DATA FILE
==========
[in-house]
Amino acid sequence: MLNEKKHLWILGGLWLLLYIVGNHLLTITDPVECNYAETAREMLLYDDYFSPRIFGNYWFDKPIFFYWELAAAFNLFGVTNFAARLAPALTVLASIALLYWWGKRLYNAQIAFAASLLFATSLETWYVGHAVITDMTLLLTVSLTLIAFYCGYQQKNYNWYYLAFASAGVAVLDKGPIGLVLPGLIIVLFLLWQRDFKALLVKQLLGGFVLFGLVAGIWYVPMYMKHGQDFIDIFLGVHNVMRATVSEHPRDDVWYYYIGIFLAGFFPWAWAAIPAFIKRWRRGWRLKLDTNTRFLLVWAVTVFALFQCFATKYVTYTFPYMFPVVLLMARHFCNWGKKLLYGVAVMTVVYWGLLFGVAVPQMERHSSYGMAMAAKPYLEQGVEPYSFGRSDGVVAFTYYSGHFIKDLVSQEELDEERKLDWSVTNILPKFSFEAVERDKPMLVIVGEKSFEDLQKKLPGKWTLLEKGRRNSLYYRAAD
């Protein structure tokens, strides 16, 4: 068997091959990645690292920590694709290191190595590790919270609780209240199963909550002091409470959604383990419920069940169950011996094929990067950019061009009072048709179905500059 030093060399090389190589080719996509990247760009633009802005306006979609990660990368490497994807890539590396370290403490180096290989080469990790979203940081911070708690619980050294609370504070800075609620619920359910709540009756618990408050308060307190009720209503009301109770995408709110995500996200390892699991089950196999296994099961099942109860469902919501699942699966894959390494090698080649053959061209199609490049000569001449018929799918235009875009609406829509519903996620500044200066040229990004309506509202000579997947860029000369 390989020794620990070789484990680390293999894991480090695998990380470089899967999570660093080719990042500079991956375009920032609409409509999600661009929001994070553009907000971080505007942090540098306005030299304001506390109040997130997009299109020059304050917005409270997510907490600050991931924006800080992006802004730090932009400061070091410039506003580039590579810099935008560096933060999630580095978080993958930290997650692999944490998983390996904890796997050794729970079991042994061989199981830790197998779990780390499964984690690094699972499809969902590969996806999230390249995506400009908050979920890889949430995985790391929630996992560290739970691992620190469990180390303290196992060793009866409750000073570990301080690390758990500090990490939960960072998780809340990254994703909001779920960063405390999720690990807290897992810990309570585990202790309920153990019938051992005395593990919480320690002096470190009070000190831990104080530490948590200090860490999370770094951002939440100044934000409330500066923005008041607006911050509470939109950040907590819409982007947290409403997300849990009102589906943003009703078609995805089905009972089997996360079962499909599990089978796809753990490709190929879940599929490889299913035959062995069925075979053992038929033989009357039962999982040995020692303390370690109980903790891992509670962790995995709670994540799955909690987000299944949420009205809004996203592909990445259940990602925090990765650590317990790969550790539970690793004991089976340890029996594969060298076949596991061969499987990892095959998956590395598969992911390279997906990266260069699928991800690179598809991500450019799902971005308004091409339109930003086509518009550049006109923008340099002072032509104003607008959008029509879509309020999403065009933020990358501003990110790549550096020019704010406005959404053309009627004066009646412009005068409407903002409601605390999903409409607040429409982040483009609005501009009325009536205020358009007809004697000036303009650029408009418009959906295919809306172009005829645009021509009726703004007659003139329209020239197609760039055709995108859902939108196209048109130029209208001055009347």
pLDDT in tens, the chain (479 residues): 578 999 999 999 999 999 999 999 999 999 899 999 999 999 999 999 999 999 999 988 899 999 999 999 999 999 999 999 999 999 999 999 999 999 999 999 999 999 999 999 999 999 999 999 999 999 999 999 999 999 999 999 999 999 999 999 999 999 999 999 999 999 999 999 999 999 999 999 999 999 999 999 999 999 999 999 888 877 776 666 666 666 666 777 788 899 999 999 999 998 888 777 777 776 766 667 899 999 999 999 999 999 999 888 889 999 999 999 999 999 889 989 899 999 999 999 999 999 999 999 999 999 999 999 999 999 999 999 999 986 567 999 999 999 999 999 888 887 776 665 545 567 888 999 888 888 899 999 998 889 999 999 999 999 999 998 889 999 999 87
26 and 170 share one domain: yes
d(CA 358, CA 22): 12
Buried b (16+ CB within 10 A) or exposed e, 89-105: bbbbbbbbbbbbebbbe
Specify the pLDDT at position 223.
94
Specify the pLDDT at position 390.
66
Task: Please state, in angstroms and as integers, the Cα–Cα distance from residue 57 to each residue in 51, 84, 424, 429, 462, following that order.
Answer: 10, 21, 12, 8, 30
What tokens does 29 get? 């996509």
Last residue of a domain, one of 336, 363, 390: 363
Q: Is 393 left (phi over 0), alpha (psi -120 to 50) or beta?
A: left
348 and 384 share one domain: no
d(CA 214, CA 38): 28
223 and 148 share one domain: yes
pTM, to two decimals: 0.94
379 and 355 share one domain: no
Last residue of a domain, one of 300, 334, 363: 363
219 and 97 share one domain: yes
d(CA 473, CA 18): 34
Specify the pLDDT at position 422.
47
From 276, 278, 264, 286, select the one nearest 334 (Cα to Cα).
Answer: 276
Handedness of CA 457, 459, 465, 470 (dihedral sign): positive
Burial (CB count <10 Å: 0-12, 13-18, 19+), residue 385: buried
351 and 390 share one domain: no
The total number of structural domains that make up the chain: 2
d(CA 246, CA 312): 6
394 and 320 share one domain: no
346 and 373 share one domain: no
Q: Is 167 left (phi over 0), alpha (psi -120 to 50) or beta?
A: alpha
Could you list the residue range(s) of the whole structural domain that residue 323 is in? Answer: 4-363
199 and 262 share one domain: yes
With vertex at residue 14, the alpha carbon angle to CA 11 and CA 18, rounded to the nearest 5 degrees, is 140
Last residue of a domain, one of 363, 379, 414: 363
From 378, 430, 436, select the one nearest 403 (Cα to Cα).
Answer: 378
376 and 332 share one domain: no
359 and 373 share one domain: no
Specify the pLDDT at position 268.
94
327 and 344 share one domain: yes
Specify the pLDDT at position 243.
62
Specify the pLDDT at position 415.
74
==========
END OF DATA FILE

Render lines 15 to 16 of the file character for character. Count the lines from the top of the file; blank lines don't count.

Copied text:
Last residue of a domain, one of 336, 363, 390: 363
Q: Is 393 left (phi over 0), alpha (psi -120 to 50) or beta?